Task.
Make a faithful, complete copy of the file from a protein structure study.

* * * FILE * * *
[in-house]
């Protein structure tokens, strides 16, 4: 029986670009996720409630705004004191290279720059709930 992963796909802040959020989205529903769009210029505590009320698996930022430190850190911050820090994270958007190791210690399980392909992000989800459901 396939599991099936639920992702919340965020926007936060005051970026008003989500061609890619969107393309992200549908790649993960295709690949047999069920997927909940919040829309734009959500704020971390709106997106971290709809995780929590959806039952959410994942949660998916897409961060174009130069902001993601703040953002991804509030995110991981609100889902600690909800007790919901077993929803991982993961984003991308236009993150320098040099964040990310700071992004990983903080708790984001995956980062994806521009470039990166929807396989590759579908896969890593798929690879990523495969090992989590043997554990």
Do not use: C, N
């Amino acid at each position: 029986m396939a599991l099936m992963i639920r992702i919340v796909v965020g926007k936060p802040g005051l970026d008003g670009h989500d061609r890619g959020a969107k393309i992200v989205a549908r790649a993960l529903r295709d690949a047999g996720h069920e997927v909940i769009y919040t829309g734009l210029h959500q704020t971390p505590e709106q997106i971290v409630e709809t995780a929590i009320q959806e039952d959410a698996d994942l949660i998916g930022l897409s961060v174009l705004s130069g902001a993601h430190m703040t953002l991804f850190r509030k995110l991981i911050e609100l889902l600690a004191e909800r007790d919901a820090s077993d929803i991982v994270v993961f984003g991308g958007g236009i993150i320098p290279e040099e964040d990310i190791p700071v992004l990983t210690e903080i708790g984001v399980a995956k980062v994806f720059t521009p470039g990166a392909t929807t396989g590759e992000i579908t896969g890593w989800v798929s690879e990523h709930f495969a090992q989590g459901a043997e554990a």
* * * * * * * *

[in-house]
């Protein structure tokens, strides 16, 4: 029986670009996720409630705004004191290279720059709930 992963796909802040959020989205529903769009210029505590009320698996930022430190850190911050820090994270958007190791210690399980392909992000989800459901 396939599991099936639920992702919340965020926007936060005051970026008003989500061609890619969107393309992200549908790649993960295709690949047999069920997927909940919040829309734009959500704020971390709106997106971290709809995780929590959806039952959410994942949660998916897409961060174009130069902001993601703040953002991804509030995110991981609100889902600690909800007790919901077993929803991982993961984003991308236009993150320098040099964040990310700071992004990983903080708790984001995956980062994806521009470039990166929807396989590759579908896969890593798929690879990523495969090992989590043997554990």
Do not use: C, N
């Amino acid at each position: 029986m396939a599991l099936m992963i639920r992702i919340v796909v965020g926007k936060p802040g005051l970026d008003g670009h989500d061609r890619g959020a969107k393309i992200v989205a549908r790649a993960l529903r295709d690949a047999g996720h069920e997927v909940i769009y919040t829309g734009l210029h959500q704020t971390p505590e709106q997106i971290v409630e709809t995780a929590i009320q959806e039952d959410a698996d994942l949660i998916g930022l897409s961060v174009l705004s130069g902001a993601h430190m703040t953002l991804f850190r509030k995110l991981i911050e609100l889902l600690a004191e909800r007790d919901a820090s077993d929803i991982v994270v993961f984003g991308g958007g236009i993150i320098p290279e040099e964040d990310i190791p700071v992004l990983t210690e903080i708790g984001v399980a995956k980062v994806f720059t521009p470039g990166a392909t929807t396989g590759e992000i579908t896969g890593w989800v798929s690879e990523h709930f495969a090992q989590g459901a043997e554990a």